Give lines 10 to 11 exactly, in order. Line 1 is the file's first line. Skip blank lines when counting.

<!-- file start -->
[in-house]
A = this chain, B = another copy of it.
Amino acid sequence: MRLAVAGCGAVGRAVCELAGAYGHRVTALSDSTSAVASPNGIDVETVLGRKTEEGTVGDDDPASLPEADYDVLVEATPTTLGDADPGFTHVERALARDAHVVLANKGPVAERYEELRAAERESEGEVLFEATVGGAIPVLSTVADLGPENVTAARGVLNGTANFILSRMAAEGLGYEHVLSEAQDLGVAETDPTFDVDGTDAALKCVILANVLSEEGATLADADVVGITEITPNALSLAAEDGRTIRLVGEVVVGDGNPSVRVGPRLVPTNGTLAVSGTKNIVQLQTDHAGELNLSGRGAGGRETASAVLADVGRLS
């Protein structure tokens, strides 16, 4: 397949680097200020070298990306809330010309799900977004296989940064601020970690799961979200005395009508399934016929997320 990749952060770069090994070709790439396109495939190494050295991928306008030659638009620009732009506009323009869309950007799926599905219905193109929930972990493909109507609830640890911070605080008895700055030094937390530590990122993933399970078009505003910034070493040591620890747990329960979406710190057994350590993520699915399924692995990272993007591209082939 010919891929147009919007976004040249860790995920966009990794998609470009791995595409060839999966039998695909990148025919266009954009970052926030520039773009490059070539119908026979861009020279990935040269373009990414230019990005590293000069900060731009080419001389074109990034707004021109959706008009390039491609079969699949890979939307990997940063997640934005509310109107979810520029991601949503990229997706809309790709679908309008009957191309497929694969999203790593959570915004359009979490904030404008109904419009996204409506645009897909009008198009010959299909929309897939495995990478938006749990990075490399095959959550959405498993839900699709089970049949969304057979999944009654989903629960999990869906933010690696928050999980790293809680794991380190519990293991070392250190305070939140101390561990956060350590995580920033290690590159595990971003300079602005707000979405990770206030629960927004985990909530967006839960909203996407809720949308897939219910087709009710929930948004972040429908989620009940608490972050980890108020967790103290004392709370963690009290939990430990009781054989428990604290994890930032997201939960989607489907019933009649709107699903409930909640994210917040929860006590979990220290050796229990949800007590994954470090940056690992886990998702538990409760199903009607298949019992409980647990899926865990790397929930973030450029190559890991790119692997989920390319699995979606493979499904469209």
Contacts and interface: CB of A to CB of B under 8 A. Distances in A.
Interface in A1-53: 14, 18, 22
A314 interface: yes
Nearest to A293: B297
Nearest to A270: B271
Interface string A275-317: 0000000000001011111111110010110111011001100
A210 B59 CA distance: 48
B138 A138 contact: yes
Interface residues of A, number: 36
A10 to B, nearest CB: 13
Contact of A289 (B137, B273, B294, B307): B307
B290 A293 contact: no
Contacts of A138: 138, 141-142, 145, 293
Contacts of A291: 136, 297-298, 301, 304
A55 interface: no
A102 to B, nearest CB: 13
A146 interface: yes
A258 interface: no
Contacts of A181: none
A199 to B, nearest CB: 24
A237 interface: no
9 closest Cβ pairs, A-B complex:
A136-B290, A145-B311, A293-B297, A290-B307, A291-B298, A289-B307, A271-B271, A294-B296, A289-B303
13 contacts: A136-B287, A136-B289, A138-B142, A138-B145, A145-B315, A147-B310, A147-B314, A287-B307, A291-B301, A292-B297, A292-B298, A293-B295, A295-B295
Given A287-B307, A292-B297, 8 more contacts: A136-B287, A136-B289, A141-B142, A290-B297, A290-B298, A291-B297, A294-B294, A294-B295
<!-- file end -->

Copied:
Interface string A275-317: 0000000000001011111111110010110111011001100
A210 B59 CA distance: 48